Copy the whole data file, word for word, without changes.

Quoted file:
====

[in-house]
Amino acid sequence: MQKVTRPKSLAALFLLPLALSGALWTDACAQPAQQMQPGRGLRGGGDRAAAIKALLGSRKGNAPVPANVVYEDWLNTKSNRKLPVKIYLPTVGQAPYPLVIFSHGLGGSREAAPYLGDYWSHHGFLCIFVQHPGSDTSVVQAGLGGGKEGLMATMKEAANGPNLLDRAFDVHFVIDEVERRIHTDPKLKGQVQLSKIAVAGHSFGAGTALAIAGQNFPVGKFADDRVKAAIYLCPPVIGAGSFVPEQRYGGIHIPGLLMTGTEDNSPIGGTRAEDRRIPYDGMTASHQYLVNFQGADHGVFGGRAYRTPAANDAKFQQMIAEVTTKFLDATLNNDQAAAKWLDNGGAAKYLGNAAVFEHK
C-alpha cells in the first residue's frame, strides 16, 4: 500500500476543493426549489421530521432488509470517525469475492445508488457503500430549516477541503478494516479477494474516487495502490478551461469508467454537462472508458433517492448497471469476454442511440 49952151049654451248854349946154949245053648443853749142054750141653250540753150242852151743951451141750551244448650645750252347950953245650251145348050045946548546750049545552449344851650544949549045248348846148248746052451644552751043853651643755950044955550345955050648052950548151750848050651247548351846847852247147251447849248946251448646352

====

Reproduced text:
[in-house]
Amino acid sequence: MQKVTRPKSLAALFLLPLALSGALWTDACAQPAQQMQPGRGLRGGGDRAAAIKALLGSRKGNAPVPANVVYEDWLNTKSNRKLPVKIYLPTVGQAPYPLVIFSHGLGGSREAAPYLGDYWSHHGFLCIFVQHPGSDTSVVQAGLGGGKEGLMATMKEAANGPNLLDRAFDVHFVIDEVERRIHTDPKLKGQVQLSKIAVAGHSFGAGTALAIAGQNFPVGKFADDRVKAAIYLCPPVIGAGSFVPEQRYGGIHIPGLLMTGTEDNSPIGGTRAEDRRIPYDGMTASHQYLVNFQGADHGVFGGRAYRTPAANDAKFQQMIAEVTTKFLDATLNNDQAAAKWLDNGGAAKYLGNAAVFEHK
C-alpha cells in the first residue's frame, strides 16, 4: 500500500476543493426549489421530521432488509470517525469475492445508488457503500430549516477541503478494516479477494474516487495502490478551461469508467454537462472508458433517492448497471469476454442511440 49952151049654451248854349946154949245053648443853749142054750141653250540753150242852151743951451141750551244448650645750252347950953245650251145348050045946548546750049545552449344851650544949549045248348846148248746052451644552751043853651643755950044955550345955050648052950548151750848050651247548351846847852247147251447849248946251448646352